Thursday, September 17, 2020

 


When choosing a financial adviser, make sure the adviser’s interests are aligned with your own.  If the adviser gets paid on commission, are you comfortable that he or she is choosing the best investments for you and not those with the best commissions for him or herself?  If you are paying the adviser 1% of your assets each year, will he or she keep your cash earning 0% in the account or will he or she have you move the cash outside of the adviser’s company so that you can earn 0.75% elsewhere?  If you are retired, will your adviser suggest you pay off your mortgage when he or she may lose fees on that money removed from your account?  When commissions on a $600,000 investment portfolio can take $30,000 out of your account on day one or a 1% annual fee can take $75,000 of fees from your account over 10 years (assuming 6% annual account growth before fees) plus another $23,000 in lost earnings on the fees paid, make sure your adviser is looking for every way to add value even at the expense of his/her own compensation.

Larry Pike, CFA

Client Priority Financial Advisors LLC
www.clientpriority.com 

Monday, July 6, 2020

Being Smart with $$ - Avoid 529-Plan Tax Snag from College Refunds


Do you have a child in college and because of coronavirus you received a refund of some expenses?  And did you pay for college using a 529 college-savings plan? If yes and yes, you may be facing an unexpected tax bill plus penalties unless you address this issue.  That refund you received reduced your expenses that qualify for withdrawals from your 529 plan meaning that you now have taken more from your college-savings plan than the qualifying expenses incurred.  That non-qualified withdrawal would be subject to taxes on the earnings portion of the withdrawal plus a 10% penalty.  So now you have a couple of choices: 1) Put the money back into your 529 plan in a recontribution before July 15; or 2) Match the refund to new qualifying educational expenses for the same child that you will incur before year end.  And then only take new withdrawals from your 529 plan for additional qualifying expenses above the amount of the refund.  And definitely keep good records in case the IRS comes knocking some day.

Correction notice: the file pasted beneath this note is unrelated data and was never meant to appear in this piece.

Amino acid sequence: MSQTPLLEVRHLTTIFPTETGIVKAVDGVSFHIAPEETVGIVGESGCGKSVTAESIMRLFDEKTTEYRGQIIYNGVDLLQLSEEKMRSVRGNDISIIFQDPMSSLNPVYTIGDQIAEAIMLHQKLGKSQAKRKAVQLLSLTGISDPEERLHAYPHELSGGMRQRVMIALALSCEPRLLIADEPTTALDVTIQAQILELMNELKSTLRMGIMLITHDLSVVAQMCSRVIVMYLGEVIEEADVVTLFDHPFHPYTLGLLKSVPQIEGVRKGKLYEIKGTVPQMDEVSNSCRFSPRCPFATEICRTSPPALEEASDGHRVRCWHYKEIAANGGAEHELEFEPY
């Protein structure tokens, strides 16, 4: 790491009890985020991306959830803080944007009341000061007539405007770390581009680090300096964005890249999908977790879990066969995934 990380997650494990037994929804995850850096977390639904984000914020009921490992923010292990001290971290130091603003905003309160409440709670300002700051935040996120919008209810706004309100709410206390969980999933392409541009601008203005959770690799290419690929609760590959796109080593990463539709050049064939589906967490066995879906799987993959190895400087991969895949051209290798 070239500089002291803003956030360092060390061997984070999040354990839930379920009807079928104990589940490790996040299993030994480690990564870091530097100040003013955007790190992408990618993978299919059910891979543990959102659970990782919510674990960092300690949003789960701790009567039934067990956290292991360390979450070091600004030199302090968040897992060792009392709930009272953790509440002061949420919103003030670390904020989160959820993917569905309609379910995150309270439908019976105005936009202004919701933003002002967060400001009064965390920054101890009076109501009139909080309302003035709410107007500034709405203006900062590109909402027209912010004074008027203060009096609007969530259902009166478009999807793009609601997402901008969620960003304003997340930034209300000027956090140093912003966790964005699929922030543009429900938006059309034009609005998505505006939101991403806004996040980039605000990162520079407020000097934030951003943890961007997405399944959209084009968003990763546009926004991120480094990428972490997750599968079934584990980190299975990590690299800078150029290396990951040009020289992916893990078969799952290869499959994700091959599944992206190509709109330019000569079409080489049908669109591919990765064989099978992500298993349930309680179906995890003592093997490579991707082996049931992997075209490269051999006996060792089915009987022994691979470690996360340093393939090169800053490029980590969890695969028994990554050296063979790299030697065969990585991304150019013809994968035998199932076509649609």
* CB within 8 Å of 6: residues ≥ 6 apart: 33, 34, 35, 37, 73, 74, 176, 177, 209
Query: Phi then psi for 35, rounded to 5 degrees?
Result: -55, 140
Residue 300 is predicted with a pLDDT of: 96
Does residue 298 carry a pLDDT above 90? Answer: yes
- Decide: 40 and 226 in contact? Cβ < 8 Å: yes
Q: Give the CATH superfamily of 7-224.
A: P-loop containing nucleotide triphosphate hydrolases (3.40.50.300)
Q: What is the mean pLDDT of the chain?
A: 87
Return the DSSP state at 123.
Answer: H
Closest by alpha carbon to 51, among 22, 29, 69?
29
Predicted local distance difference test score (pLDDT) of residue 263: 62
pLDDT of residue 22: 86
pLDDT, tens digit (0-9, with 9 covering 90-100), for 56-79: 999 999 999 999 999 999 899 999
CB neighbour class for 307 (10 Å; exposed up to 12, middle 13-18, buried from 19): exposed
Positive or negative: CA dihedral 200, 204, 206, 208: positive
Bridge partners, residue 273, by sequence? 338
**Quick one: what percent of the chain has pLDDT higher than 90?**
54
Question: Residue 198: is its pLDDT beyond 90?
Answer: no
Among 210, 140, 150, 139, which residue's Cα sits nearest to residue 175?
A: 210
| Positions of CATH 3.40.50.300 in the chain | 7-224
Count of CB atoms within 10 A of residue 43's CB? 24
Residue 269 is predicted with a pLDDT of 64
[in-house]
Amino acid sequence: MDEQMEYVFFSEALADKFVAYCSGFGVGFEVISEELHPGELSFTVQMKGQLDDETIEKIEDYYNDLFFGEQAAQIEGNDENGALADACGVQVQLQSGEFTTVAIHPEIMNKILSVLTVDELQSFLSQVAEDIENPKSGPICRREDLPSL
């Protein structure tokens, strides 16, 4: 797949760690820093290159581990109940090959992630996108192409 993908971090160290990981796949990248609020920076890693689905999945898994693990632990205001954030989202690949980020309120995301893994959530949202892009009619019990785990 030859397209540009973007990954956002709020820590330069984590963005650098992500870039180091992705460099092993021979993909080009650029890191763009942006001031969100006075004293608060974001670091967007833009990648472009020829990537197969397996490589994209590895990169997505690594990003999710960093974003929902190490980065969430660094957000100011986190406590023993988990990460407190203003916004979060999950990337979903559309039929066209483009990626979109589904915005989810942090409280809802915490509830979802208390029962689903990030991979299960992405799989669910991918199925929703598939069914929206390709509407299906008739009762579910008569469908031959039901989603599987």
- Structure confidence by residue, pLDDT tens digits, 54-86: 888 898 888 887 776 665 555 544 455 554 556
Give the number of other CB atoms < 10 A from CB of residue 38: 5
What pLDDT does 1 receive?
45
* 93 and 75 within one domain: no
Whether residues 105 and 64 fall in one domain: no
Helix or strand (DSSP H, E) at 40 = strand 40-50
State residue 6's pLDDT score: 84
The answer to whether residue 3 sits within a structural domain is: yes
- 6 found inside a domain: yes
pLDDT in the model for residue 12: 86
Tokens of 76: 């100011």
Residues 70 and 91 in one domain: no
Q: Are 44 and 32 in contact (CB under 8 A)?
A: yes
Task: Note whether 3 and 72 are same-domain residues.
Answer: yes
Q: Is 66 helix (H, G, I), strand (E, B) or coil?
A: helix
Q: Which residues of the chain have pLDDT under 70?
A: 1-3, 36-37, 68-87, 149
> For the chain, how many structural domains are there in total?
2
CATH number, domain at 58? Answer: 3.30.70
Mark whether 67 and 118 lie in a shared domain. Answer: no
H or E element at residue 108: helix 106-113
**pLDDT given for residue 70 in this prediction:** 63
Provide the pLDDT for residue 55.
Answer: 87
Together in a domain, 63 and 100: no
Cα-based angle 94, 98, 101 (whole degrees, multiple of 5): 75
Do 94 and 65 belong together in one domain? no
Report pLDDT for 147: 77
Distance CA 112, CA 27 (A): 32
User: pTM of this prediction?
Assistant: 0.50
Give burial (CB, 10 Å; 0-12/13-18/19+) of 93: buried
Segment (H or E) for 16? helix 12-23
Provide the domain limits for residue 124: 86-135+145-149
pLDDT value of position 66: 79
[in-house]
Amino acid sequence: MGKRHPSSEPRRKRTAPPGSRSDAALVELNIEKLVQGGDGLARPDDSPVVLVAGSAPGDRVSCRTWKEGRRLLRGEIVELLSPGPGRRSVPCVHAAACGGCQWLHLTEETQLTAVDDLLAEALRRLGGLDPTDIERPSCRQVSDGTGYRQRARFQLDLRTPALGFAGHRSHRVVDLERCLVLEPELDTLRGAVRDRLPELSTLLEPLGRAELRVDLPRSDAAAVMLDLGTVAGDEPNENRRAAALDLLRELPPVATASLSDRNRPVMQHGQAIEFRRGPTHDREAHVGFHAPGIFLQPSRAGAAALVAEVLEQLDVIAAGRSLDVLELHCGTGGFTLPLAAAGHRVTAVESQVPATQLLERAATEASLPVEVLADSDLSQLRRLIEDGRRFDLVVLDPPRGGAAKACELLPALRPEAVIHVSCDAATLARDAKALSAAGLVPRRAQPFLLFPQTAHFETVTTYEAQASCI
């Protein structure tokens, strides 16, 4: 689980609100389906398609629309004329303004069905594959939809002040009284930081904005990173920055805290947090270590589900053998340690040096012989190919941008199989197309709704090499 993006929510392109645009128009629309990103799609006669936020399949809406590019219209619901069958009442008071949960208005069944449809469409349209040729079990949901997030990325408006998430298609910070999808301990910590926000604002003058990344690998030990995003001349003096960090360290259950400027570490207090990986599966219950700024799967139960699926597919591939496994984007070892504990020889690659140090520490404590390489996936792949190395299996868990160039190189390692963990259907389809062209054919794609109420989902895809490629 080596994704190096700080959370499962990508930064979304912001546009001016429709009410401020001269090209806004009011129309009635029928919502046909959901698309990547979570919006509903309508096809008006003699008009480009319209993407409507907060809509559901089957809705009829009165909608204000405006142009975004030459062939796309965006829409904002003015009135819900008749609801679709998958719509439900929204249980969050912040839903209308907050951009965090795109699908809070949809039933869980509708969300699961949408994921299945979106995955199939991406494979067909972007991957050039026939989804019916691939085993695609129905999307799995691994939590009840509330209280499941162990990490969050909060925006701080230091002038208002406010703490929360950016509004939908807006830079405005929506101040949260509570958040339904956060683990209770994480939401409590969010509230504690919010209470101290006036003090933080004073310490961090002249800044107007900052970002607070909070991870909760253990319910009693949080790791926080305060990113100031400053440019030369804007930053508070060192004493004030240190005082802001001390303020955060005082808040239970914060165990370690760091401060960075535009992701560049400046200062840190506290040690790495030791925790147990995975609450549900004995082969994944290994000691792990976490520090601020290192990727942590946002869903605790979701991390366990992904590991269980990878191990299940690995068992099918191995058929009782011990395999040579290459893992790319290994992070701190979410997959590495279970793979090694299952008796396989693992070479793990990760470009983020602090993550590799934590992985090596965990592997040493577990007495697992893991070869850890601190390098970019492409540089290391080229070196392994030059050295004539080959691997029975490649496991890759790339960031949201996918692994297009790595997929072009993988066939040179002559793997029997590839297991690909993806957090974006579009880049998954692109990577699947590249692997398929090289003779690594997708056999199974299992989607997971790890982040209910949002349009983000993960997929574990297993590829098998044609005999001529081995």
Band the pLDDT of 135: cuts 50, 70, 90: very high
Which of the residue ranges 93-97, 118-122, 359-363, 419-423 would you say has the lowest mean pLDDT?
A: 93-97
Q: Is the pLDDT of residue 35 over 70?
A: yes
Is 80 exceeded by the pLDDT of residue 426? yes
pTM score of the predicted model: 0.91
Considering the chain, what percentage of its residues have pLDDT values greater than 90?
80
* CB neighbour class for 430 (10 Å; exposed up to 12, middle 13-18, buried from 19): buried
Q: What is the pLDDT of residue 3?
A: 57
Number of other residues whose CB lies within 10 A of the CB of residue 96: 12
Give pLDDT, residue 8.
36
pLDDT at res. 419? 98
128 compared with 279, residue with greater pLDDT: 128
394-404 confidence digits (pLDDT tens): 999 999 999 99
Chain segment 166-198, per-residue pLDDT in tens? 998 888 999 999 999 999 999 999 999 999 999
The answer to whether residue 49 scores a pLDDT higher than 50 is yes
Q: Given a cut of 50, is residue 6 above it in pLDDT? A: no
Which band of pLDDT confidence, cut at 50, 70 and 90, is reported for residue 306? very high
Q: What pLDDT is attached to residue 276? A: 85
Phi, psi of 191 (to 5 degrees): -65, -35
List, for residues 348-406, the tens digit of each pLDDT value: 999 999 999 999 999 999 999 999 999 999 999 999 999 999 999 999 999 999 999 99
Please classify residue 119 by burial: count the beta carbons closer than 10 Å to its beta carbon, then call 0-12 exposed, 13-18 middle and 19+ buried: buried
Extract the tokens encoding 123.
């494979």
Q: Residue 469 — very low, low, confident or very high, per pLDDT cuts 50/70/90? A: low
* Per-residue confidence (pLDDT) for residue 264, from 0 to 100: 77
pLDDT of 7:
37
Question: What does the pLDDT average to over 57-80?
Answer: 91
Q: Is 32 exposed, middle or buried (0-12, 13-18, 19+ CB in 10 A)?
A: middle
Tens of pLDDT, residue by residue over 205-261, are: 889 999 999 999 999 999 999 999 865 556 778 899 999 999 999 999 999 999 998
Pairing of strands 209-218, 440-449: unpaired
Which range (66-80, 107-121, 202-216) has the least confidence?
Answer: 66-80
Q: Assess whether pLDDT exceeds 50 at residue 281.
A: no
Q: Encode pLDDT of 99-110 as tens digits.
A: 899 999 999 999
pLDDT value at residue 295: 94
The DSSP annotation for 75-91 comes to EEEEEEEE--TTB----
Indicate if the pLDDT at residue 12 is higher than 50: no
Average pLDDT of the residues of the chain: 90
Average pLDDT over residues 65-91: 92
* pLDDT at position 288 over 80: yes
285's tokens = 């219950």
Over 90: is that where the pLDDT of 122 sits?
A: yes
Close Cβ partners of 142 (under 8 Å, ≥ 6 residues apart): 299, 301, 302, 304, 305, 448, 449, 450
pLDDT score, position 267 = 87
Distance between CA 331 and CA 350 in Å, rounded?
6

Larry Pike, CFA
Client Priority Financial Advisors LLC
www.clientpriority.com

Wednesday, June 10, 2020

Being Smart with $$ - Market Timers Learn Lessons the Hard Way


The recent stock-market activity has taught a harsh lesson to market timers.  Market timers often sell their holdings trying to avoid a 10% or 20% drop in the market.  Then when the market surprises them and goes up instead, they become sure that it’s an even worse time to get back in.  Then when the market is up 50%-100% in the next 5 or 10 years, they realize they have missed the entire rise because they stayed on the sidelines waiting for something that never happened.  An investor hoping not to lose $100,000 on his/her $500,000 investment might instead not earn $500,000 by staying safe.  People hate to lose money and that causes them to make decisions that often cost them more in the long run.  The current environment has many investors sitting on the sidelines.  But in order to benefit from high, long-term, stock-market returns, you have to stay invested.  (Past performance may not be an indicator of what to expect in the future and your individual circumstances should be considered in any investment choice. Investments in stocks can rise or fall in value, especially in the short run, and should be the part of your portfolio intended for your long-term needs and not for money you may need in the short term.)
Larry Pike, CFA
Client Priority Financial Advisors LLC
www.clientpriority.com


Friday, May 8, 2020

Being Smart with $$ -- Don't Be Fooled By Claims That Active Management Will Win In Volatile Times